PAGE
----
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From left to right - Steve van Vuuren , Prof. Willem Ahlers, Harry Dickinson

History comes full circle at The Old Mill

At Machadodorp’s Old Mill Hotel, history is important. The owners, Harry and Jenny Dickinson, both have a strong sense of ‘roots’ and ‘tradition’ and firmly believe that history and the lessons of the past still have great value – as well as a place in our modern society. A quotation from the works of the famous satirist W.C. Sellar (1898-1951) would perhaps be the most applicable - “History is not what you thought. It is what you can remember!” Any visitor to The Old Mill (which, in itself, actually was a mill, back around the turn of the century) can tell you that Harry has a long memory for all things historical and is a wealth of information on Machado’s past. He can also attest to the fact that history often has a curious way of coming full circle.

So it was that, recently, the Old Mill welcomed guests in the form of two retired gentlemen from Johannesburg who had come down Machadodorp for a few days. The two friends – Professor. Willem Ahlers and Mr. Steve van Vuuren - are neighbours in the same retirement village and recently discovered that they shared similar roots in Machadodorp and the surrounding areas. As they both have an enviable surfeit of leisure time, one thing quickly led to another and a trip “down memory lane” to Mpumalanga was organised to re-visit childhood haunts. As fate would have it, the two had the good fortune to book in with Harry & Jenny at The Old Mill.

The photograph

No sooner had the two arrived when Prof. Ahlers’ own family history surfaced to greet him in the form of an old portrait photograph that, among many others, which had been framed and was displayed (right outside the door to his suite) in the corridor outside the Old Mill’s guest suites. Instantly, Prof. Ahlers recognised the subjects in the photograph as being his own mother, aunt and uncle! The caption on the print read “Die Drie Janson Kinders” and confirmed beyond doubt the identities of the subjects. (Janson was Prof. Ahlers’ mothers’ maiden name. It is thought that the photograph was taken in the very early 1900’s and Professor Ahlers was both amazed and extremely pleased to come across this completely co-incidental example of the very same family history that he and his companion had come to Machado to explore – without even having to leave his hotel!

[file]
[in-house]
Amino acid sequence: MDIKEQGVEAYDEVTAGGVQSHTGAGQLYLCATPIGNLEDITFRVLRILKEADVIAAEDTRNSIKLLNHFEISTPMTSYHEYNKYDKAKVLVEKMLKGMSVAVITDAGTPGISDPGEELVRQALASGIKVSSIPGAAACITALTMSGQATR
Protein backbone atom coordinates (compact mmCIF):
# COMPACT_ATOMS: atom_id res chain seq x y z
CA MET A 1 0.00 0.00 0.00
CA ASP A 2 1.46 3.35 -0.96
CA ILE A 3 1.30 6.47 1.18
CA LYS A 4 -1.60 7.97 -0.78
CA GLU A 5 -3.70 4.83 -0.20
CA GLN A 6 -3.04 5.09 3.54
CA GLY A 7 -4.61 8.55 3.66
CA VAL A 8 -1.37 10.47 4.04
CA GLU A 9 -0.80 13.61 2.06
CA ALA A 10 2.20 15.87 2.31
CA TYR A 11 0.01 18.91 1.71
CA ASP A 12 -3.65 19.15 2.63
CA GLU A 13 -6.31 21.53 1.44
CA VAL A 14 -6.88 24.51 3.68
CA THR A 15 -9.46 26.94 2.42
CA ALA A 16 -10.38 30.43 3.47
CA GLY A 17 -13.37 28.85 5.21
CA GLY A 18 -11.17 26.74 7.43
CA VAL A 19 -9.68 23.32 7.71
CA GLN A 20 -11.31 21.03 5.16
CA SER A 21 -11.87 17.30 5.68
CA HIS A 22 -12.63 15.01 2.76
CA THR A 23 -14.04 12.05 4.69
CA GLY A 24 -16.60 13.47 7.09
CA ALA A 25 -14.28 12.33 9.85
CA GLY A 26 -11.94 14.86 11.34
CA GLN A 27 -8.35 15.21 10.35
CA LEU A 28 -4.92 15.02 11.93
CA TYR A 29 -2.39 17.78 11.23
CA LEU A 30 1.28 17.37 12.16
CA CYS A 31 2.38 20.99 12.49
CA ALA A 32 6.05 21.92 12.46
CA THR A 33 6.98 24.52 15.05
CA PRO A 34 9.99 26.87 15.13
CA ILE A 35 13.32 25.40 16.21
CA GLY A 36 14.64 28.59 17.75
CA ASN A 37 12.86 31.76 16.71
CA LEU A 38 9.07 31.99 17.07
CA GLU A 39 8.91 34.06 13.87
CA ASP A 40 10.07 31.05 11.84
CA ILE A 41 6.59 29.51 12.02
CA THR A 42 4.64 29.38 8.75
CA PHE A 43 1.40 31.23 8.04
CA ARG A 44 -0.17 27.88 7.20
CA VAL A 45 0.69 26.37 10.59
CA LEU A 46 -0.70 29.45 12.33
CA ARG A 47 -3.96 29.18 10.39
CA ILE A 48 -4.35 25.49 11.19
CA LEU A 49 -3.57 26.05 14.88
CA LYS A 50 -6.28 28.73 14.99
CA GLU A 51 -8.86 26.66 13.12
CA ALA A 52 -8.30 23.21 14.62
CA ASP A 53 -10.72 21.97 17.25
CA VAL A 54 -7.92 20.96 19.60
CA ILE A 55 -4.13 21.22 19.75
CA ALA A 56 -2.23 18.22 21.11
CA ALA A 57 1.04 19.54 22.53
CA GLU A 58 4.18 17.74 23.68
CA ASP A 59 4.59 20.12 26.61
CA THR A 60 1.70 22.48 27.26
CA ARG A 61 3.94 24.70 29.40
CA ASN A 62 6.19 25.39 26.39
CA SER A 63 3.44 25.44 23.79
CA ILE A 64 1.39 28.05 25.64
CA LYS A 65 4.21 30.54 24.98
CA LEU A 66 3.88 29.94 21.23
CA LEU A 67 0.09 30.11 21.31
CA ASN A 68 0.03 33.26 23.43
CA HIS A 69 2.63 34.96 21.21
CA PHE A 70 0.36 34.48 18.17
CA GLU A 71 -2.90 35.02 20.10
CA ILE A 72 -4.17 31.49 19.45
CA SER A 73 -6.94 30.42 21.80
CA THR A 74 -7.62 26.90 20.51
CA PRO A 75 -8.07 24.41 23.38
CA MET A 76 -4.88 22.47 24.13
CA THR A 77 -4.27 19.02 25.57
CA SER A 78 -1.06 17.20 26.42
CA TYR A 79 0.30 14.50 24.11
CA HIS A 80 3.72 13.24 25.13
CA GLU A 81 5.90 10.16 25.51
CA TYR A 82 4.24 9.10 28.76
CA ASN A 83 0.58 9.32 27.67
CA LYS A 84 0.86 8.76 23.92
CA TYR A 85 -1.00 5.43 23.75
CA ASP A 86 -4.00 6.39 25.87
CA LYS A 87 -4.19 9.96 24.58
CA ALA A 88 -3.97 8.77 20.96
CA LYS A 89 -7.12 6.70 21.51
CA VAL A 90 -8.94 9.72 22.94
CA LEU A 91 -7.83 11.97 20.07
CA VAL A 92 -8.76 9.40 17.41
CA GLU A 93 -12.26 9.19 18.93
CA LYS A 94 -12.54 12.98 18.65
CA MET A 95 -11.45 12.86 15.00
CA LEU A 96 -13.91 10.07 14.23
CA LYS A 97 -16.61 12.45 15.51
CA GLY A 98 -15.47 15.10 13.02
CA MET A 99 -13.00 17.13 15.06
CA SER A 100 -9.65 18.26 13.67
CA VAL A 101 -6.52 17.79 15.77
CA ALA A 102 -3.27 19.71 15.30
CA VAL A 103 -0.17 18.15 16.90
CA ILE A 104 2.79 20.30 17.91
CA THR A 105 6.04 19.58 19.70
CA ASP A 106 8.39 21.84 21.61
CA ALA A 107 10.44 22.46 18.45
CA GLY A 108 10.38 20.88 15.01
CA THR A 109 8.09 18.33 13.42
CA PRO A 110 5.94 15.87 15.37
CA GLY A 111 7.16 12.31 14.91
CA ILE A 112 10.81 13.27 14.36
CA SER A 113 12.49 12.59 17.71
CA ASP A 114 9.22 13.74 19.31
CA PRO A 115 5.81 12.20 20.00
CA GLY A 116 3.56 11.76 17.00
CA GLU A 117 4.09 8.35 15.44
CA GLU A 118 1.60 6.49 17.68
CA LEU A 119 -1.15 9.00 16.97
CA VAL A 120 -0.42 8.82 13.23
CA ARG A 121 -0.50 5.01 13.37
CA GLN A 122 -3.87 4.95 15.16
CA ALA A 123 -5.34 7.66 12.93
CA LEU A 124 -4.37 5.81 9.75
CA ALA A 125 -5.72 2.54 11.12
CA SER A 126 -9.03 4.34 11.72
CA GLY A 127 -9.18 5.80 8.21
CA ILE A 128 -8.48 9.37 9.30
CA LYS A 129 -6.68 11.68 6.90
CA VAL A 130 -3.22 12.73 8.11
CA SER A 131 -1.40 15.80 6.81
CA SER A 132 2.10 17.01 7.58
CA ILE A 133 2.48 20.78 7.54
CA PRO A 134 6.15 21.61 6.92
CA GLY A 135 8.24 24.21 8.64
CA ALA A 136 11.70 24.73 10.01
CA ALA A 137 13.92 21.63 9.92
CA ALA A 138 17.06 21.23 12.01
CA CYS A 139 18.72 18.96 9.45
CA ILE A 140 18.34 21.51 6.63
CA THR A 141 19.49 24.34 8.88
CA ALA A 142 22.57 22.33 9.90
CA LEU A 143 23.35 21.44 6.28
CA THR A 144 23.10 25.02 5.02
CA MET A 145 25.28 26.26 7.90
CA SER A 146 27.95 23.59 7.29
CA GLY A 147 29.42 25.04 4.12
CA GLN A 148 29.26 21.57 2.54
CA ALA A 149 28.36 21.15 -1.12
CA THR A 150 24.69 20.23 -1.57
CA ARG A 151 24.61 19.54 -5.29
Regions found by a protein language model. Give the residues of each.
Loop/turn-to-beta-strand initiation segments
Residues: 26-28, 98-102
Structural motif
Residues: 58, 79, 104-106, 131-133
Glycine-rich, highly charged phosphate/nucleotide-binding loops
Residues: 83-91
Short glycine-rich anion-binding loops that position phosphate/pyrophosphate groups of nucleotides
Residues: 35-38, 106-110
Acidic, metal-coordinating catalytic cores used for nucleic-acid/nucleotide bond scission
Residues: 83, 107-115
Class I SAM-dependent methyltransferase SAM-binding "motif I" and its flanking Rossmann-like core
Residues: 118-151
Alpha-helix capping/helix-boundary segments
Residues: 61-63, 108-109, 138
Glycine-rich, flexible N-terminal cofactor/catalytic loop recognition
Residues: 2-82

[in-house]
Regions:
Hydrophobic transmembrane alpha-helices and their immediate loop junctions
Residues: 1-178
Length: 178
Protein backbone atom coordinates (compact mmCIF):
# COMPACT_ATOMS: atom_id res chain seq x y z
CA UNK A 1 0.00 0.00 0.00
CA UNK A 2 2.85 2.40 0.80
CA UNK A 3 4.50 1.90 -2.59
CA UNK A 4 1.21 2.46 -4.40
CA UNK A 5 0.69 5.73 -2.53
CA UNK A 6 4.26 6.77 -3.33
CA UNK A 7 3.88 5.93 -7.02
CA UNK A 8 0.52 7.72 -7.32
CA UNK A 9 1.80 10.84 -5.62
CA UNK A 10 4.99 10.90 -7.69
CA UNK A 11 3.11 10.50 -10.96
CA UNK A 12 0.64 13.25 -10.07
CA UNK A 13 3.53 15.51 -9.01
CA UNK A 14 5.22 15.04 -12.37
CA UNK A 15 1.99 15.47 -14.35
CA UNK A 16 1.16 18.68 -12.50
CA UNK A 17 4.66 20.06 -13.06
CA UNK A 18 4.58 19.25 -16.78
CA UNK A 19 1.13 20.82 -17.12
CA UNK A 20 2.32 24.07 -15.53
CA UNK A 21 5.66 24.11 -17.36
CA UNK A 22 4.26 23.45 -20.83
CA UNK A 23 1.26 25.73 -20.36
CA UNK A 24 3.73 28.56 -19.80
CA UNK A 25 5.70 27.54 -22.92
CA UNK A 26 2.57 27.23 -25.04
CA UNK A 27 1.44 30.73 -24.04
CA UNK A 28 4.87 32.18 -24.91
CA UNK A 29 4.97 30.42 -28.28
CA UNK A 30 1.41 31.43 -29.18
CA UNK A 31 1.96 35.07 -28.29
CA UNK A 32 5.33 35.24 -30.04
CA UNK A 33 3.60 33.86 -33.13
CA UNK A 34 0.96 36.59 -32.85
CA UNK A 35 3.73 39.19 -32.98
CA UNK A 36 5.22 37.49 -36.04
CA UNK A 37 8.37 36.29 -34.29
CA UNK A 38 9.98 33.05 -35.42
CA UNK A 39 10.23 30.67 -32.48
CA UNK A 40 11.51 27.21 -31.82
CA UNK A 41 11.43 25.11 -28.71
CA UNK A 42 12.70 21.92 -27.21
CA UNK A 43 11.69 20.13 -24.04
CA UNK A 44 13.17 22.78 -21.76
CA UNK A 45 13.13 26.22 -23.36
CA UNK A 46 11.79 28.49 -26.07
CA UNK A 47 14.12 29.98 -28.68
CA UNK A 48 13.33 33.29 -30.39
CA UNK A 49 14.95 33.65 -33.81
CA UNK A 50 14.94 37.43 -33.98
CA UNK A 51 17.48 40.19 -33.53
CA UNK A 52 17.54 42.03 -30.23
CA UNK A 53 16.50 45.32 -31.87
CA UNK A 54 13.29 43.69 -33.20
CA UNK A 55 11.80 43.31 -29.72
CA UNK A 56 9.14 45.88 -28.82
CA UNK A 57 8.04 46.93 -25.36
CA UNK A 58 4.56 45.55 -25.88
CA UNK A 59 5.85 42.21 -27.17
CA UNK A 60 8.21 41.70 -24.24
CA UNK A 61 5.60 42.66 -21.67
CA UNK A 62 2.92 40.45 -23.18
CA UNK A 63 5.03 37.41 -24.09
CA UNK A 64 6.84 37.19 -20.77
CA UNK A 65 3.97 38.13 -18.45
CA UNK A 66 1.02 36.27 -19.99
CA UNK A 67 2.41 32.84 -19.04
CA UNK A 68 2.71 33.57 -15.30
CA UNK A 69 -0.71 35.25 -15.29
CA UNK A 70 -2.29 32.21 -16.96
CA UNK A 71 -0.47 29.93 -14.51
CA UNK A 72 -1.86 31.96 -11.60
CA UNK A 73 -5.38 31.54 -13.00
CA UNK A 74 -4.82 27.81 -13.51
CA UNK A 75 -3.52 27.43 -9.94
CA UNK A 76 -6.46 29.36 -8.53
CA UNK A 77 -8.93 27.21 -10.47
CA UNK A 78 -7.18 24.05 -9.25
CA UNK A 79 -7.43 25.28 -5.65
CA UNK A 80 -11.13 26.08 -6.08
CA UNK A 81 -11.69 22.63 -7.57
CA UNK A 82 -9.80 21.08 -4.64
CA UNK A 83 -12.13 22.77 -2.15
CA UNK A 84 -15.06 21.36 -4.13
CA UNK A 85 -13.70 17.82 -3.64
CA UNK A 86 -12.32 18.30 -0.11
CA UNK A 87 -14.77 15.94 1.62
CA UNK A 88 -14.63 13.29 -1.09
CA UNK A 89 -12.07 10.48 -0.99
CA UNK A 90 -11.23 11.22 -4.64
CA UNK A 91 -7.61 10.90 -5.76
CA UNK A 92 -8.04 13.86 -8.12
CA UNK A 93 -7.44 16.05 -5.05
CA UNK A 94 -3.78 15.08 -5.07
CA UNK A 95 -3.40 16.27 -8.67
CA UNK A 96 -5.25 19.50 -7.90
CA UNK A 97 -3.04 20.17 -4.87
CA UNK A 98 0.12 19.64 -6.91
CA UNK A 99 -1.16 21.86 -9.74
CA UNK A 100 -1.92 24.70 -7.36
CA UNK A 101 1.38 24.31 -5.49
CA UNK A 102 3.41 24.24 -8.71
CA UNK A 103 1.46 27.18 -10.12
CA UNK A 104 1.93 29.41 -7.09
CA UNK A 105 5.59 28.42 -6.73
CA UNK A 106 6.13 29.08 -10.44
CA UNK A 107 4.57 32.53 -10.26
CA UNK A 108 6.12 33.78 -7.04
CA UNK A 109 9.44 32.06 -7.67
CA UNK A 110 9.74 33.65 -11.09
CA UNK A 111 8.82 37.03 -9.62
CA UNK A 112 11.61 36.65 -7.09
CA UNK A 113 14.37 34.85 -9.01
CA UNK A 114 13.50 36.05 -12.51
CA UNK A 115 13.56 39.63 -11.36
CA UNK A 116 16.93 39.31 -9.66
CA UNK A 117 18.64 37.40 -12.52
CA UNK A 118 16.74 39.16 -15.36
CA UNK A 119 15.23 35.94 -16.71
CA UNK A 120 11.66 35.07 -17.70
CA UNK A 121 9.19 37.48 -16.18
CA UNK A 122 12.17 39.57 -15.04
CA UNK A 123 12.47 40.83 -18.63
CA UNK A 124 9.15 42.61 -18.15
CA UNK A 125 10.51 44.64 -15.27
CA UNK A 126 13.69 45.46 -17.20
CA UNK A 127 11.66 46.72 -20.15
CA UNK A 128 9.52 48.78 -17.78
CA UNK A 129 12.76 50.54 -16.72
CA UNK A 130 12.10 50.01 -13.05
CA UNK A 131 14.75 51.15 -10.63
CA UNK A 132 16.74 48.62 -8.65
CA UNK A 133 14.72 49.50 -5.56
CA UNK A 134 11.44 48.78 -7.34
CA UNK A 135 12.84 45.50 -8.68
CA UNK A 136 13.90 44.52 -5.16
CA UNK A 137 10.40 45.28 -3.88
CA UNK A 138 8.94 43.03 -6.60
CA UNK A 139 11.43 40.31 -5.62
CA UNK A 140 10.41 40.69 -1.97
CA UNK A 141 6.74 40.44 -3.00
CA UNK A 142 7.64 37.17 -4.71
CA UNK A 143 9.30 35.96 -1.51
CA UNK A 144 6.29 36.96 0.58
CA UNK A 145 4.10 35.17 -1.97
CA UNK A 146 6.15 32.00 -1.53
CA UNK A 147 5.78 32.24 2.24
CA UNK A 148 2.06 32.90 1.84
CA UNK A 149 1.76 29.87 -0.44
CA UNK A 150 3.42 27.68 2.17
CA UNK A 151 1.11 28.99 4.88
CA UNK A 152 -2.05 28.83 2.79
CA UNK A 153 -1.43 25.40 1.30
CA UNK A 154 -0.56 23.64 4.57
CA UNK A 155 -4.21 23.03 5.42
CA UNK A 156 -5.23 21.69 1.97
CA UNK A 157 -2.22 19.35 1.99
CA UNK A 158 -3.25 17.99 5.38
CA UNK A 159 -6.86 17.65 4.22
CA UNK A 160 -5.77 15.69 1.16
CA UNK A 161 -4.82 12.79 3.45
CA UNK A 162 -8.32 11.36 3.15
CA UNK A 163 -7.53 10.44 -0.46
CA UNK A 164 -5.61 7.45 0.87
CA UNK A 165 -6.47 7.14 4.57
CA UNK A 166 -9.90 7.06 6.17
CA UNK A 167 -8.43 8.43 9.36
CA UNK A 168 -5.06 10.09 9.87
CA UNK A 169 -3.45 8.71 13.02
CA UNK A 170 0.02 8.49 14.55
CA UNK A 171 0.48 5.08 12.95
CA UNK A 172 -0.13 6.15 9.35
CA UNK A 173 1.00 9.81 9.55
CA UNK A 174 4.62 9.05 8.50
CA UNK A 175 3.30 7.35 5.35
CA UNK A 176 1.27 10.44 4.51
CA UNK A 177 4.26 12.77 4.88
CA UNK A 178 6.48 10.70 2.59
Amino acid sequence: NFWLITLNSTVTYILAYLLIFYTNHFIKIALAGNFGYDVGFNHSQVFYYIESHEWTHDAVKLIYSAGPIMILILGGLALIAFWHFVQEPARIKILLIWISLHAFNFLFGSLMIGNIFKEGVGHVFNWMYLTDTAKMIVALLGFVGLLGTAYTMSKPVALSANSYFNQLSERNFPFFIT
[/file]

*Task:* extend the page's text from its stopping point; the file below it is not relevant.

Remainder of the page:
In a subsequent interview with THG, Professor Ahlers revealed that he had, in fact, been born in Middelburg in 1929 but had spent the early part of his childhood in Dullstroom before moving with his family to Machadodorp. The Prof. related with a smile that his father, Danie Ahlers, was a well known resident in Dullstroom and had opened the very first garage in the village – even before the first motor car had arrived in Dullstroom! “He did not actually have any cars to put in the showroom when he first opened the garage,” he said. “so he put a piano there to fill up the space until he got his first vehicle. He subsequently sold the piano to a lady who was the local music teacher. That lady was to become my mother!”

Prof. Ahlers was schooled in both Machadodorp and Belfast before studying chemistry at the University of Pretoria. He went on to study at Cambridge as well as in Paris before lecturing for many years at Wits until his retirement in 1989. In all those years, he had, in many ways, lost touch with his early family history and had not returned to the town of his youth until January 2014 – little knowing that a poignant reminder of his own history had been patiently waiting for him for all those years. A historical full circle indeed.

Joachim Machado

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